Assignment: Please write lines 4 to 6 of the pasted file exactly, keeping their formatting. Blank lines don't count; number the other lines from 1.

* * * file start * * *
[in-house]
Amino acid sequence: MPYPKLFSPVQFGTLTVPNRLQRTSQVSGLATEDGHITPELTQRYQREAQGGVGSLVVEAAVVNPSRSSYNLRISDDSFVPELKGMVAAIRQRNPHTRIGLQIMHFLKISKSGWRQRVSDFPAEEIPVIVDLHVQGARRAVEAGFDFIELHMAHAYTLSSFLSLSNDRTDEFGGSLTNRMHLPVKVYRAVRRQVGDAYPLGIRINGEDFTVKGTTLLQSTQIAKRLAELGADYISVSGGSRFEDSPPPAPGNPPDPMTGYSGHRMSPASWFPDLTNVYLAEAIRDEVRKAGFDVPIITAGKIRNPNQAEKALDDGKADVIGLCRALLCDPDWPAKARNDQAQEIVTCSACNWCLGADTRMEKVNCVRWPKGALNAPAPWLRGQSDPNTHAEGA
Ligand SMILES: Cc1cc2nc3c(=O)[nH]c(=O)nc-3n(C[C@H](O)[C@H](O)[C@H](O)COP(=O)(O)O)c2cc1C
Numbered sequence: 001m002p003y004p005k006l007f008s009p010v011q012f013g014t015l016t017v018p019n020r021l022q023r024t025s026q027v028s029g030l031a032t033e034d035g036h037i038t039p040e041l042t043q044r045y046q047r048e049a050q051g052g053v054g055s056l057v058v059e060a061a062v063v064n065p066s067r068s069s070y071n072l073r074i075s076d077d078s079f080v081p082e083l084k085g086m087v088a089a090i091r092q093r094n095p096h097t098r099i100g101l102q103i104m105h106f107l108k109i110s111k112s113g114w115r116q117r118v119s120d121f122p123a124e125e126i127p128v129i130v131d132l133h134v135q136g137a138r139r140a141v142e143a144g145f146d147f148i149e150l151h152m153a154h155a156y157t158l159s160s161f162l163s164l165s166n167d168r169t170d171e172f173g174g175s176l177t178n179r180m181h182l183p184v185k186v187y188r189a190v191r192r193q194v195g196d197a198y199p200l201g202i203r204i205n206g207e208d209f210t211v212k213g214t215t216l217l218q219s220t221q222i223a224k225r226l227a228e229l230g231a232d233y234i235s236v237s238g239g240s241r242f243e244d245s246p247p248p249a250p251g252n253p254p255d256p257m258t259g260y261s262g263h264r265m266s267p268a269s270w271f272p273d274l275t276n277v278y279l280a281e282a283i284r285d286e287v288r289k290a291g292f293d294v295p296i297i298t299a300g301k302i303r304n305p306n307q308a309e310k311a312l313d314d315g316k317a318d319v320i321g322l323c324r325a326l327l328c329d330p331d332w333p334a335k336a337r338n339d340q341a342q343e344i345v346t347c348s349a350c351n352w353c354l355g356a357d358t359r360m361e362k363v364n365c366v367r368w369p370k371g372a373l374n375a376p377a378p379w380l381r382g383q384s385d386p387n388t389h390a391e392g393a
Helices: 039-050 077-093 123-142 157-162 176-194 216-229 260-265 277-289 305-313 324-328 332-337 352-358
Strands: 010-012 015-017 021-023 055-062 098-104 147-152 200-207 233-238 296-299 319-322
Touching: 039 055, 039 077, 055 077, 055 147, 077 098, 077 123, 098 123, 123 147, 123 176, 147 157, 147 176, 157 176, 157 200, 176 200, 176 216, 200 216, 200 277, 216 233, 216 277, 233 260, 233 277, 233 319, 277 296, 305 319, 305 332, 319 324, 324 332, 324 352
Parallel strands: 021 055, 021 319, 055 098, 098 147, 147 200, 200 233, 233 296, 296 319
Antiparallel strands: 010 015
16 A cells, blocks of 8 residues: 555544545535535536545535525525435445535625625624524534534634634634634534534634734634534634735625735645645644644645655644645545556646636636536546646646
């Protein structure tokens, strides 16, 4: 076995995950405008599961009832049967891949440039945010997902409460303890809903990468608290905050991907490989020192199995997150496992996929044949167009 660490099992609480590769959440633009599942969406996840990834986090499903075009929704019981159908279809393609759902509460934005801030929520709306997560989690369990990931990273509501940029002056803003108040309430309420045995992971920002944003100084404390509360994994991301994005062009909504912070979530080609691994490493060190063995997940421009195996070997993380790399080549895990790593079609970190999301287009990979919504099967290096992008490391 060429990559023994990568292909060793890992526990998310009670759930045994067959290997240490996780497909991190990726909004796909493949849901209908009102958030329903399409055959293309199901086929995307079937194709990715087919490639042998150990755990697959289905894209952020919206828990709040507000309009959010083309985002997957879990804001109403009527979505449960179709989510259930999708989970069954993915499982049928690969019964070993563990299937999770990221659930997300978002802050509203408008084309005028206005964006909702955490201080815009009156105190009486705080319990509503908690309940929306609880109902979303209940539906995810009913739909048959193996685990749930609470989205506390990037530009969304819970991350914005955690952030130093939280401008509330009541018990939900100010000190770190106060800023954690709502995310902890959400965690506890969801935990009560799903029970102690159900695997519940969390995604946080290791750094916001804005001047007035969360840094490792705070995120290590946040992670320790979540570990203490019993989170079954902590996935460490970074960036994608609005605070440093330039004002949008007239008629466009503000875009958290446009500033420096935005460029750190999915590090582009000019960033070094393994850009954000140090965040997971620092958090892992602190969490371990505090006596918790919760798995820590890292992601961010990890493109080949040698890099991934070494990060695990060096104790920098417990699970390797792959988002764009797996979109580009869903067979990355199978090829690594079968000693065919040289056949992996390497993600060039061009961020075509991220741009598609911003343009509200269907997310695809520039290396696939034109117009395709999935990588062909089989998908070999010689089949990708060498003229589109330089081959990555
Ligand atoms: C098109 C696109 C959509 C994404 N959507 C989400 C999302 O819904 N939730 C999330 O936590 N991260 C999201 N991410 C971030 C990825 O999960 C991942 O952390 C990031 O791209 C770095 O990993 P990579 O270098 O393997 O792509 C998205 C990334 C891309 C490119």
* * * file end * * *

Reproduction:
Numbered sequence: 001m002p003y004p005k006l007f008s009p010v011q012f013g014t015l016t017v018p019n020r021l022q023r024t025s026q027v028s029g030l031a032t033e034d035g036h037i038t039p040e041l042t043q044r045y046q047r048e049a050q051g052g053v054g055s056l057v058v059e060a061a062v063v064n065p066s067r068s069s070y071n072l073r074i075s076d077d078s079f080v081p082e083l084k085g086m087v088a089a090i091r092q093r094n095p096h097t098r099i100g101l102q103i104m105h106f107l108k109i110s111k112s113g114w115r116q117r118v119s120d121f122p123a124e125e126i127p128v129i130v131d132l133h134v135q136g137a138r139r140a141v142e143a144g145f146d147f148i149e150l151h152m153a154h155a156y157t158l159s160s161f162l163s164l165s166n167d168r169t170d171e172f173g174g175s176l177t178n179r180m181h182l183p184v185k186v187y188r189a190v191r192r193q194v195g196d197a198y199p200l201g202i203r204i205n206g207e208d209f210t211v212k213g214t215t216l217l218q219s220t221q222i223a224k225r226l227a228e229l230g231a232d233y234i235s236v237s238g239g240s241r242f243e244d245s246p247p248p249a250p251g252n253p254p255d256p257m258t259g260y261s262g263h264r265m266s267p268a269s270w271f272p273d274l275t276n277v278y279l280a281e282a283i284r285d286e287v288r289k290a291g292f293d294v295p296i297i298t299a300g301k302i303r304n305p306n307q308a309e310k311a312l313d314d315g316k317a318d319v320i321g322l323c324r325a326l327l328c329d330p331d332w333p334a335k336a337r338n339d340q341a342q343e344i345v346t347c348s349a350c351n352w353c354l355g356a357d358t359r360m361e362k363v364n365c366v367r368w369p370k371g372a373l374n375a376p377a378p379w380l381r382g383q384s385d386p387n388t389h390a391e392g393a
Helices: 039-050 077-093 123-142 157-162 176-194 216-229 260-265 277-289 305-313 324-328 332-337 352-358
Strands: 010-012 015-017 021-023 055-062 098-104 147-152 200-207 233-238 296-299 319-322